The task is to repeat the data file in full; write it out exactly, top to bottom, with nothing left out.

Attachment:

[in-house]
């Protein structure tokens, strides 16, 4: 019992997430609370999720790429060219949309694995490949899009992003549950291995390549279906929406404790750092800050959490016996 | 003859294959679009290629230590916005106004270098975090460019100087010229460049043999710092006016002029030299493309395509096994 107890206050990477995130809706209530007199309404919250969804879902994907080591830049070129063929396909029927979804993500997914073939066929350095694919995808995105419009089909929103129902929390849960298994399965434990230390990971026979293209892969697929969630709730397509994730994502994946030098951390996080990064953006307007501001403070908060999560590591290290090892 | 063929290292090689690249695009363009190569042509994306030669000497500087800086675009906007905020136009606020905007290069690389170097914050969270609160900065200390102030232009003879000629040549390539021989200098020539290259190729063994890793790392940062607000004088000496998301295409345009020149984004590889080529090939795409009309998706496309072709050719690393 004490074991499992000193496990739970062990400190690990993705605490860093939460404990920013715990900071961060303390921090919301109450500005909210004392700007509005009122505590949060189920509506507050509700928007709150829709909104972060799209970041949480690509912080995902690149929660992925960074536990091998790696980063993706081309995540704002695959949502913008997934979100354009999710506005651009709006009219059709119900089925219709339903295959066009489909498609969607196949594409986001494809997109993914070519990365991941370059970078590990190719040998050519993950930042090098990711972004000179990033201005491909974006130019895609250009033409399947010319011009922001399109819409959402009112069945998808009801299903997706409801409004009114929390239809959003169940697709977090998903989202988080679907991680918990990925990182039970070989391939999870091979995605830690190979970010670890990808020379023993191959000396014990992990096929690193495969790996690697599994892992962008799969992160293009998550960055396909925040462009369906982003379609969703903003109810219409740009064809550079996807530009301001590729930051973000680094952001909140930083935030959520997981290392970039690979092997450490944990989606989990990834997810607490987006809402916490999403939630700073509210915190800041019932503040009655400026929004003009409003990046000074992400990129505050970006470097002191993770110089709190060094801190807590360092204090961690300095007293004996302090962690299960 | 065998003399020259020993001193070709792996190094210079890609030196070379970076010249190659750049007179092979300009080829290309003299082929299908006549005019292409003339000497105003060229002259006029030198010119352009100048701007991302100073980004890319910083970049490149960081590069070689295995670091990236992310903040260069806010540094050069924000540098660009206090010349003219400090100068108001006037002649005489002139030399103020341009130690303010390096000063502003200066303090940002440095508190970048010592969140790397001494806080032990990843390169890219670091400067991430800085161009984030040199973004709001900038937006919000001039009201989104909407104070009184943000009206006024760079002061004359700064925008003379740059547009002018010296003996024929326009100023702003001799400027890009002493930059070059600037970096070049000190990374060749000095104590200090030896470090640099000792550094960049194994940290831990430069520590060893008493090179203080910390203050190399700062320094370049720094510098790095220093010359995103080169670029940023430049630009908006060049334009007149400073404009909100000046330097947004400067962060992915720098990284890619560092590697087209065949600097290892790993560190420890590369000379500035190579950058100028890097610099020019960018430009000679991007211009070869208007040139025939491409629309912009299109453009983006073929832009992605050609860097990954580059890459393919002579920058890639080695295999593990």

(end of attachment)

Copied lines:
[in-house]
């Protein structure tokens, strides 16, 4: 019992997430609370999720790429060219949309694995490949899009992003549950291995390549279906929406404790750092800050959490016996 | 003859294959679009290629230590916005106004270098975090460019100087010229460049043999710092006016002029030299493309395509096994 107890206050990477995130809706209530007199309404919250969804879902994907080591830049070129063929396909029927979804993500997914073939066929350095694919995808995105419009089909929103129902929390849960298994399965434990230390990971026979293209892969697929969630709730397509994730994502994946030098951390996080990064953006307007501001403070908060999560590591290290090892 | 063929290292090689690249695009363009190569042509994306030669000497500087800086675009906007905020136009606020905007290069690389170097914050969270609160900065200390102030232009003879000629040549390539021989200098020539290259190729063994890793790392940062607000004088000496998301295409345009020149984004590889080529090939795409009309998706496309072709050719690393 004490074991499992000193496990739970062990400190690990993705605490860093939460404990920013715990900071961060303390921090919301109450500005909210004392700007509005009122505590949060189920509506507050509700928007709150829709909104972060799209970041949480690509912080995902690149929660992925960074536990091998790696980063993706081309995540704002695959949502913008997934979100354009999710506005651009709006009219059709119900089925219709339903295959066009489909498609969607196949594409986001494809997109993914070519990365991941370059970078590990190719040998050519993950930042090098990711972004000179990033201005491909974006130019895609250009033409399947010319011009922001399109819409959402009112069945998808009801299903997706409801409004009114929390239809959003169940697709977090998903989202988080679907991680918990990925990182039970070989391939999870091979995605830690190979970010670890990808020379023993191959000396014990992990096929690193495969790996690697599994892992962008799969992160293009998550960055396909925040462009369906982003379609969703903003109810219409740009064809550079996807530009301001590729930051973000680094952001909140930083935030959520997981290392970039690979092997450490944990989606989990990834997810607490987006809402916490999403939630700073509210915190800041019932503040009655400026929004003009409003990046000074992400990129505050970006470097002191993770110089709190060094801190807590360092204090961690300095007293004996302090962690299960 | 065998003399020259020993001193070709792996190094210079890609030196070379970076010249190659750049007179092979300009080829290309003299082929299908006549005019292409003339000497105003060229002259006029030198010119352009100048701007991302100073980004890319910083970049490149960081590069070689295995670091990236992310903040260069806010540094050069924000540098660009206090010349003219400090100068108001006037002649005489002139030399103020341009130690303010390096000063502003200066303090940002440095508190970048010592969140790397001494806080032990990843390169890219670091400067991430800085161009984030040199973004709001900038937006919000001039009201989104909407104070009184943000009206006024760079002061004359700064925008003379740059547009002018010296003996024929326009100023702003001799400027890009002493930059070059600037970096070049000190990374060749000095104590200090030896470090640099000792550094960049194994940290831990430069520590060893008493090179203080910390203050190399700062320094370049720094510098790095220093010359995103080169670029940023430049630009908006060049334009007149400073404009909100000046330097947004400067962060992915720098990284890619560092590697087209065949600097290892790993560190420890590369000379500035190579950058100028890097610099020019960018430009000679991007211009070869208007040139025939491409629309912009299109453009983006073929832009992605050609860097990954580059890459393919002579920058890639080695295999593990």